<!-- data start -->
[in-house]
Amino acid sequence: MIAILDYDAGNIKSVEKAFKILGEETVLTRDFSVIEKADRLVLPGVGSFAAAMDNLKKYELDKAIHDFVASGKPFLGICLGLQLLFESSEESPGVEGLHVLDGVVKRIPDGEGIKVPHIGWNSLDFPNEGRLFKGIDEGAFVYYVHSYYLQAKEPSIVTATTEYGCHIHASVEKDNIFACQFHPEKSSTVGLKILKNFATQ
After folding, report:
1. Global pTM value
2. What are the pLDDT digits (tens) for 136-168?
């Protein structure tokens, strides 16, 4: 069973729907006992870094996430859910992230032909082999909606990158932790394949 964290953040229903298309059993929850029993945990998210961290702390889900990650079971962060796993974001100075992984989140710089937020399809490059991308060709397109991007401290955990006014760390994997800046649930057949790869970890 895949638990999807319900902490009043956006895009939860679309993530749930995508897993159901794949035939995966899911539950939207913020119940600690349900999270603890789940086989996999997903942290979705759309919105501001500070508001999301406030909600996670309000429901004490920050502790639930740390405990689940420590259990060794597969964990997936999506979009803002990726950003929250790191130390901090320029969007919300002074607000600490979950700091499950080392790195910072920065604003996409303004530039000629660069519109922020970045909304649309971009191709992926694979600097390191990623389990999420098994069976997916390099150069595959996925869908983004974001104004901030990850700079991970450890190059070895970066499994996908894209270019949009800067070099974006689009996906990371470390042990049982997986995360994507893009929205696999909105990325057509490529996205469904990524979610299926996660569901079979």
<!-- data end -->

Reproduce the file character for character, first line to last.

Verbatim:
[in-house]
Amino acid sequence: MIAILDYDAGNIKSVEKAFKILGEETVLTRDFSVIEKADRLVLPGVGSFAAAMDNLKKYELDKAIHDFVASGKPFLGICLGLQLLFESSEESPGVEGLHVLDGVVKRIPDGEGIKVPHIGWNSLDFPNEGRLFKGIDEGAFVYYVHSYYLQAKEPSIVTATTEYGCHIHASVEKDNIFACQFHPEKSSTVGLKILKNFATQ
After folding, report:
1. Global pTM value
2. What are the pLDDT digits (tens) for 136-168?
């Protein structure tokens, strides 16, 4: 069973729907006992870094996430859910992230032909082999909606990158932790394949 964290953040229903298309059993929850029993945990998210961290702390889900990650079971962060796993974001100075992984989140710089937020399809490059991308060709397109991007401290955990006014760390994997800046649930057949790869970890 895949638990999807319900902490009043956006895009939860679309993530749930995508897993159901794949035939995966899911539950939207913020119940600690349900999270603890789940086989996999997903942290979705759309919105501001500070508001999301406030909600996670309000429901004490920050502790639930740390405990689940420590259990060794597969964990997936999506979009803002990726950003929250790191130390901090320029969007919300002074607000600490979950700091499950080392790195910072920065604003996409303004530039000629660069519109922020970045909304649309971009191709992926694979600097390191990623389990999420098994069976997916390099150069595959996925869908983004974001104004901030990850700079991970450890190059070895970066499994996908894209270019949009800067070099974006689009996906990371470390042990049982997986995360994507893009929205696999909105990325057509490529996205469904990524979610299926996660569901079979």